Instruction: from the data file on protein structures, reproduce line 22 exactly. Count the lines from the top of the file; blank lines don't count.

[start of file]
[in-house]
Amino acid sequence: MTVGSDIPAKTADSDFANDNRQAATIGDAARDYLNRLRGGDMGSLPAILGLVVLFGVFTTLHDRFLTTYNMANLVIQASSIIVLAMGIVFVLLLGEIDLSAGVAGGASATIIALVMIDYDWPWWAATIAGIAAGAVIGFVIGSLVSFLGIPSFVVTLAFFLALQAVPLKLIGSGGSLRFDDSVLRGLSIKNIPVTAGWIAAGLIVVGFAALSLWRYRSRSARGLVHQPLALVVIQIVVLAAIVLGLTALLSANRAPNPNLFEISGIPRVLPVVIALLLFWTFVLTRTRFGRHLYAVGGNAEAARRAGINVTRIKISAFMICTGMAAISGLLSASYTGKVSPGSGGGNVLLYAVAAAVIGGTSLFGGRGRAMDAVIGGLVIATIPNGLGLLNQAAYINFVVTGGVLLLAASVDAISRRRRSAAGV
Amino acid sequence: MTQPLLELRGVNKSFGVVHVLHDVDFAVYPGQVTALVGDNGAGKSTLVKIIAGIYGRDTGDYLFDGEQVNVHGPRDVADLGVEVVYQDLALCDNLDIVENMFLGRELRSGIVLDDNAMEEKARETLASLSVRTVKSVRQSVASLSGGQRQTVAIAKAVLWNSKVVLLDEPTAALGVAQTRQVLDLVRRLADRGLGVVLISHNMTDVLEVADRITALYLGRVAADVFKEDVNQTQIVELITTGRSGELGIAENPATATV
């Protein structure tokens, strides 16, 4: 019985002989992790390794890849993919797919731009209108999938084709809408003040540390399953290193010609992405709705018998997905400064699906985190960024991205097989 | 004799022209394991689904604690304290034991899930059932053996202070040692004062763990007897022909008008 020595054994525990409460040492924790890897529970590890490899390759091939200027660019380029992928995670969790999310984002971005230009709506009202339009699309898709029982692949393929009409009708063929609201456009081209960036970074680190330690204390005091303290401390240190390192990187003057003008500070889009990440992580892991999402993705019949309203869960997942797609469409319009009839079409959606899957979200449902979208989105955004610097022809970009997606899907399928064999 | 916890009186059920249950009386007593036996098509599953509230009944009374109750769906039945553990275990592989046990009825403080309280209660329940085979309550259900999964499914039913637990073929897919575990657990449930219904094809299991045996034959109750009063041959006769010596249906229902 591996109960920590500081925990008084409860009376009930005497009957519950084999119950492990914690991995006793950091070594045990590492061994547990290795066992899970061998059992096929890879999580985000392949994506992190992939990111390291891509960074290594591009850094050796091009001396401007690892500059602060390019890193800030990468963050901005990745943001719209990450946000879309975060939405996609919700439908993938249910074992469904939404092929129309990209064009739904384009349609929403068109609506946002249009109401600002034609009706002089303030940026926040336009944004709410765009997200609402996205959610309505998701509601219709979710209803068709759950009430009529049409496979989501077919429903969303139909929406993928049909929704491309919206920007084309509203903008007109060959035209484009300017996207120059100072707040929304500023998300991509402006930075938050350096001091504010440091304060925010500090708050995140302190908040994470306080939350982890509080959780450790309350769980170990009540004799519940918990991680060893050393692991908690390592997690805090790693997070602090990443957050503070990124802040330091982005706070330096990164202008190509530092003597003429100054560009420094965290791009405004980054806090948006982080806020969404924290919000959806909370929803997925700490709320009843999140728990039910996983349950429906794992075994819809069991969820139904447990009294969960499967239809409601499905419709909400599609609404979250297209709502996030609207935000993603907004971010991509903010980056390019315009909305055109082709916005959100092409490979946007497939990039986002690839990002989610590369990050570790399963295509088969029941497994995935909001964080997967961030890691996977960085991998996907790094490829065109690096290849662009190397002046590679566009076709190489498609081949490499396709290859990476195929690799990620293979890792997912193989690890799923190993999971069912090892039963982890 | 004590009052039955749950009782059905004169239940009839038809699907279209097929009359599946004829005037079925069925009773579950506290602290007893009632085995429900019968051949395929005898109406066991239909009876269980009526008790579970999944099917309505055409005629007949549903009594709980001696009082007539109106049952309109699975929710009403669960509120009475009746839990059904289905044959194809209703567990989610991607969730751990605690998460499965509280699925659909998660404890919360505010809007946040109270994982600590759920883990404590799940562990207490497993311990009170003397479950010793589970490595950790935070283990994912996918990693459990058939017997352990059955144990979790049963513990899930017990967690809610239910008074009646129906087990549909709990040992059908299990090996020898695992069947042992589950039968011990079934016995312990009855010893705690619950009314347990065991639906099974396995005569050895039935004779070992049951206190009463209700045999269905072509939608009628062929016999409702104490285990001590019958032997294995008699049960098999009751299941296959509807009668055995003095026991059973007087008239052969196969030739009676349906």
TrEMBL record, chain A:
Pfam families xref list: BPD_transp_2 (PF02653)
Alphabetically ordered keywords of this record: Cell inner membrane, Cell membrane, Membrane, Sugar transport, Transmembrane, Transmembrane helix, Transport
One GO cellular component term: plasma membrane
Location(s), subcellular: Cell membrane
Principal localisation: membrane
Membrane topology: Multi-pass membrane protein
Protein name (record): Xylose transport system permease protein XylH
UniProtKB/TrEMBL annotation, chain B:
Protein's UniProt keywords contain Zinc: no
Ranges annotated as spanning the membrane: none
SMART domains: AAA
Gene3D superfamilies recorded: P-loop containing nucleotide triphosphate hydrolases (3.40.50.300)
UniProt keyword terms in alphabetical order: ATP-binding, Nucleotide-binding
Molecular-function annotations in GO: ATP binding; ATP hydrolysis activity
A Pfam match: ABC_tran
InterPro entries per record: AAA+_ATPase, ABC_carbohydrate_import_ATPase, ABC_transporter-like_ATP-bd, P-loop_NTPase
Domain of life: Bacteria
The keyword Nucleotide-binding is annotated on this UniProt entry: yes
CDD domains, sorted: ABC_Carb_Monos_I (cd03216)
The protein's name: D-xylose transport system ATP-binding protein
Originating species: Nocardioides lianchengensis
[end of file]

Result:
Domain of life: Bacteria